A Robert Gordon University (RGU) student has scooped first prize in a national essay competition, coming top of the class against entries from across the UK.
Pharmacy student Christine Filion-Murphy, 27, won the annual Pharmacy Law and Ethics Association (PLEA) essay competition.
Originally from Ottawa, Canada, Christine submitted a 1,500 word essay which discussed the pharmacy professional’s code of conduct, with a particular emphasis on the responsible use of social media.
Christine was thrilled when she found out her essay had been judged the winner and also scooped her £500 prize money.
She said: “I am very proud to have won the Pharmacy Law and Ethics Association essay competition, it was a huge surprise. In my essay I argued that the fitness to practice regulations which govern professional students such as pharmacists, nurses and medics are fair in their current form.
“As health care education moves from the classroom to placements, student behaviour is more heavily scrutinised and by gaining experience in the workplace and adhering to the code of conduct, students come to learn that reputations matter in the professional world.”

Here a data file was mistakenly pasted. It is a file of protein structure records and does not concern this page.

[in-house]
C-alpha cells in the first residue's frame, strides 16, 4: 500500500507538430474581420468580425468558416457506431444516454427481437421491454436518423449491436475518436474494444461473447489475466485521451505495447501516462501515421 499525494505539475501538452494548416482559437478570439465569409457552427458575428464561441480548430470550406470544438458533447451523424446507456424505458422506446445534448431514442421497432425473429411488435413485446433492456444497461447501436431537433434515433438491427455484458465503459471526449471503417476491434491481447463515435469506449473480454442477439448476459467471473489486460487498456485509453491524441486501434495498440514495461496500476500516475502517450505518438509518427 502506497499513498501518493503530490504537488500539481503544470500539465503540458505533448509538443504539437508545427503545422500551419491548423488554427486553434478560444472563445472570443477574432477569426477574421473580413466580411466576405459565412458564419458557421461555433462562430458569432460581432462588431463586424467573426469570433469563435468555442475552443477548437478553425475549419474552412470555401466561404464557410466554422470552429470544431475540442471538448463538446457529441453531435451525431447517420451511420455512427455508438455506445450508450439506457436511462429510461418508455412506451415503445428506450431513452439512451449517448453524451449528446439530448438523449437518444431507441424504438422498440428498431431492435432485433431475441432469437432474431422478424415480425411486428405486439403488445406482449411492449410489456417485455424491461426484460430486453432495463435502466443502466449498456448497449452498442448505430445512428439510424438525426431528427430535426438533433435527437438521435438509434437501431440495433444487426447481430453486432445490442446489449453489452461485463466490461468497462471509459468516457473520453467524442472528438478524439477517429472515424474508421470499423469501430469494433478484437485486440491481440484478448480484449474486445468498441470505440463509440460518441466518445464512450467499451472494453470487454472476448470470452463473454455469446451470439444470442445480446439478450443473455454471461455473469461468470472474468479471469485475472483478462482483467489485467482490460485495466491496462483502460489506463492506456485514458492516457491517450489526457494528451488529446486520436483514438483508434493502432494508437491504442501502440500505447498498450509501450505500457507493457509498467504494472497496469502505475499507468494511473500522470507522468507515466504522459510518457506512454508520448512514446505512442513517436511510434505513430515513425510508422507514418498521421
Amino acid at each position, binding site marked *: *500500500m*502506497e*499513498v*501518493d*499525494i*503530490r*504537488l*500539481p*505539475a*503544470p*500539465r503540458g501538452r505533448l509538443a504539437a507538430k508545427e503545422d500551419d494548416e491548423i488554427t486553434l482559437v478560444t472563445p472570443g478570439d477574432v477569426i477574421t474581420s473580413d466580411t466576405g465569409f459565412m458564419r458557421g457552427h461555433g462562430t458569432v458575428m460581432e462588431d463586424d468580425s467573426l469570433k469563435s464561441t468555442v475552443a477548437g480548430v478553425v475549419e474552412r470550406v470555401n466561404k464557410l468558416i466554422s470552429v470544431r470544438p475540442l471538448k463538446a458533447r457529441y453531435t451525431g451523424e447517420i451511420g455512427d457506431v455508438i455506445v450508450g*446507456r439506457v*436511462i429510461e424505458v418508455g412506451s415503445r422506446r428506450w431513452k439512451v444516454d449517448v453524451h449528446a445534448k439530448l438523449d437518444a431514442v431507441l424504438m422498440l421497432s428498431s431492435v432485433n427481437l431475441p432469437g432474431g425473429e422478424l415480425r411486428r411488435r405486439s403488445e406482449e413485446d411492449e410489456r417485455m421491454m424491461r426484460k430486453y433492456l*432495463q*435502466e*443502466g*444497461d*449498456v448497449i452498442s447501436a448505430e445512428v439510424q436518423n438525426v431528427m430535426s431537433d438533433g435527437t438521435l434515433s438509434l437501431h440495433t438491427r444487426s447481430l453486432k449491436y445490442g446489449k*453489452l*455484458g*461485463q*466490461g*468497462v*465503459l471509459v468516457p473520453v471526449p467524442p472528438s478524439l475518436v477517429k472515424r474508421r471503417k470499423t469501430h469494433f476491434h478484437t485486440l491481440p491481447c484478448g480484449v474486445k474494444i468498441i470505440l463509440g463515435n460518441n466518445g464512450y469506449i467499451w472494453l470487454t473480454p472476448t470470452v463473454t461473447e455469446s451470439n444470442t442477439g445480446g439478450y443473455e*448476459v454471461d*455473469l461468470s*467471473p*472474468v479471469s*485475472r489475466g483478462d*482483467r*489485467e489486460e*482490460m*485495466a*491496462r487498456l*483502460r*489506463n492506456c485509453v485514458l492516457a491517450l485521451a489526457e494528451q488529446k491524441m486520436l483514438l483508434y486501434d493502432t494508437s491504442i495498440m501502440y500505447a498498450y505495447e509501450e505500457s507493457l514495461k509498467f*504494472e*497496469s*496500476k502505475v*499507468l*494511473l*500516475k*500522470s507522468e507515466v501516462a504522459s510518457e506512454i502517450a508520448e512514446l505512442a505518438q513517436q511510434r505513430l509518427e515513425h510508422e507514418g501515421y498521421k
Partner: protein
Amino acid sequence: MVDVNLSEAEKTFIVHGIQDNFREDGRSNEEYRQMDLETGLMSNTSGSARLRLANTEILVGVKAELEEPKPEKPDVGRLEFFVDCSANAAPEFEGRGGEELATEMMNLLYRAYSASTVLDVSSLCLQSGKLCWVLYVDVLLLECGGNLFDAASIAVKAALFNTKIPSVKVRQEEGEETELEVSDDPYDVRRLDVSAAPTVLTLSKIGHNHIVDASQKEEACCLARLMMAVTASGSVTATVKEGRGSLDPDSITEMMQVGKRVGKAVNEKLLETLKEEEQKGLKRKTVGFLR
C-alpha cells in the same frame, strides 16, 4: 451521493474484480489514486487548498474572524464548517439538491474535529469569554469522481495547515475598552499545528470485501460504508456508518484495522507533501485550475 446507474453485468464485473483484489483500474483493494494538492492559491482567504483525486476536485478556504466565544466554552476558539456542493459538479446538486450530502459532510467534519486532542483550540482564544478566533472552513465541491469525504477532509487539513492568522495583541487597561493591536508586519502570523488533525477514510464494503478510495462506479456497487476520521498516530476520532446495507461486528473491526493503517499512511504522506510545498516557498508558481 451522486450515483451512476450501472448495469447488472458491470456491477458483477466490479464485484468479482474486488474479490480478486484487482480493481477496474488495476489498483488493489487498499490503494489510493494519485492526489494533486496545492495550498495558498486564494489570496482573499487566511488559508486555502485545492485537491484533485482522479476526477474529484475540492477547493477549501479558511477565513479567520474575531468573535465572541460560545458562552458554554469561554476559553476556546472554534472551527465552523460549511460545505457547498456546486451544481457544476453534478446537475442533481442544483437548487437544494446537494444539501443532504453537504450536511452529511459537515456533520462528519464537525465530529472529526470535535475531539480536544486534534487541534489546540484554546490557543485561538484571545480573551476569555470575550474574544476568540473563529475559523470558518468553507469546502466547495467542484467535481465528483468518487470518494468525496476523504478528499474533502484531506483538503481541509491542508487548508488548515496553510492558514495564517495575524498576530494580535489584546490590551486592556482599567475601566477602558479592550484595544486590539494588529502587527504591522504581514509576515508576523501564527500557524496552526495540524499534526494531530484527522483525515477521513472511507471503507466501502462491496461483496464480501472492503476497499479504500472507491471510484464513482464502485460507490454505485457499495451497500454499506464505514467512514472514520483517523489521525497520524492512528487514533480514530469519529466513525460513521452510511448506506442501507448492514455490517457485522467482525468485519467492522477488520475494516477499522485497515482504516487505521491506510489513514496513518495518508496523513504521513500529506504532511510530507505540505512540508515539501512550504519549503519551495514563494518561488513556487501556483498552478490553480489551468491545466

PLEA’s essay competition encourages students to engage with a specific area of law and ethics. In previous years essays have probed subjects such as the allocation of scarce medical resources and the extent to which religious or moral beliefs should influence a pharmacist's practice.
With increasing scrutiny of material published on social media websites, Christine also argued that students who aim to join the professional ranks should consider what they post online.
She added: “One of the basic fitness to practice guidelines is to avoid putting questionable material on social media sites such as Facebook and Twitter. I argued that if this is difficult when you are 18 or 19 years old, it won't get much easier after you graduate.
“There have been a number of high profile examples recently where sensitive or offensive material has appeared on these sites and had a serious impact on the person responsible for the account. My essay concluded that if the pharmacy professional’s code of conduct and fitness to practice guidelines seem too strict in this regard it would be a good idea to re-evaluate your suitability for life as a professional in this field.”
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